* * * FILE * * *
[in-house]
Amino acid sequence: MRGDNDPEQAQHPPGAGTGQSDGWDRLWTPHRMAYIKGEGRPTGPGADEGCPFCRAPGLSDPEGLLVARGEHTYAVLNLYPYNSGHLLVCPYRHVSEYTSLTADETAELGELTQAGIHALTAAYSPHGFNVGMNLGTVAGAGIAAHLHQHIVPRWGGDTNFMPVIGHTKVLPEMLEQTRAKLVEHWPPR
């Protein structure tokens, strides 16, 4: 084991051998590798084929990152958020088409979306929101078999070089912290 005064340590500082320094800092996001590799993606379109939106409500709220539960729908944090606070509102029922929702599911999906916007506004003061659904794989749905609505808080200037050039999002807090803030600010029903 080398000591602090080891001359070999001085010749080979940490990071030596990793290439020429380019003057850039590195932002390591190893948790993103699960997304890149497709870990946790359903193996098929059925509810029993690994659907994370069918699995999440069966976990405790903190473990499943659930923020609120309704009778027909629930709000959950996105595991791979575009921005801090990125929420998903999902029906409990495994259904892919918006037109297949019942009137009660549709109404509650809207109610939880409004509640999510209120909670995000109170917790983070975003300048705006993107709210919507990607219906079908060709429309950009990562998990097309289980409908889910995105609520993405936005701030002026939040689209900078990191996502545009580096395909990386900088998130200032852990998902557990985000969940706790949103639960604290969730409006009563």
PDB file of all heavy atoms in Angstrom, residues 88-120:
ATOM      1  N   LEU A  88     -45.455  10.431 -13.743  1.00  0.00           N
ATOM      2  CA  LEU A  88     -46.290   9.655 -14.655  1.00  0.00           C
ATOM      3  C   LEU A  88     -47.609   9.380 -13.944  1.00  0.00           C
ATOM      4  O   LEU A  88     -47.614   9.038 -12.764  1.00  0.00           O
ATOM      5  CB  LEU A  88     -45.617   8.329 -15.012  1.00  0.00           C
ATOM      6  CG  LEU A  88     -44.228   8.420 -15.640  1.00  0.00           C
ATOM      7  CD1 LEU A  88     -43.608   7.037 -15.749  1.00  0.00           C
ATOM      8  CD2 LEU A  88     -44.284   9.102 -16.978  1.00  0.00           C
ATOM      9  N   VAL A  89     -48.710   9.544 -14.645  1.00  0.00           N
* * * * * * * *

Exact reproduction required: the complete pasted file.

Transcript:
[in-house]
Amino acid sequence: MRGDNDPEQAQHPPGAGTGQSDGWDRLWTPHRMAYIKGEGRPTGPGADEGCPFCRAPGLSDPEGLLVARGEHTYAVLNLYPYNSGHLLVCPYRHVSEYTSLTADETAELGELTQAGIHALTAAYSPHGFNVGMNLGTVAGAGIAAHLHQHIVPRWGGDTNFMPVIGHTKVLPEMLEQTRAKLVEHWPPR
């Protein structure tokens, strides 16, 4: 084991051998590798084929990152958020088409979306929101078999070089912290 005064340590500082320094800092996001590799993606379109939106409500709220539960729908944090606070509102029922929702599911999906916007506004003061659904794989749905609505808080200037050039999002807090803030600010029903 080398000591602090080891001359070999001085010749080979940490990071030596990793290439020429380019003057850039590195932002390591190893948790993103699960997304890149497709870990946790359903193996098929059925509810029993690994659907994370069918699995999440069966976990405790903190473990499943659930923020609120309704009778027909629930709000959950996105595991791979575009921005801090990125929420998903999902029906409990495994259904892919918006037109297949019942009137009660549709109404509650809207109610939880409004509640999510209120909670995000109170917790983070975003300048705006993107709210919507990607219906079908060709429309950009990562998990097309289980409908889910995105609520993405936005701030002026939040689209900078990191996502545009580096395909990386900088998130200032852990998902557990985000969940706790949103639960604290969730409006009563």
PDB file of all heavy atoms in Angstrom, residues 88-120:
ATOM      1  N   LEU A  88     -45.455  10.431 -13.743  1.00  0.00           N
ATOM      2  CA  LEU A  88     -46.290   9.655 -14.655  1.00  0.00           C
ATOM      3  C   LEU A  88     -47.609   9.380 -13.944  1.00  0.00           C
ATOM      4  O   LEU A  88     -47.614   9.038 -12.764  1.00  0.00           O
ATOM      5  CB  LEU A  88     -45.617   8.329 -15.012  1.00  0.00           C
ATOM      6  CG  LEU A  88     -44.228   8.420 -15.640  1.00  0.00           C
ATOM      7  CD1 LEU A  88     -43.608   7.037 -15.749  1.00  0.00           C
ATOM      8  CD2 LEU A  88     -44.284   9.102 -16.978  1.00  0.00           C
ATOM      9  N   VAL A  89     -48.710   9.544 -14.645  1.00  0.00           N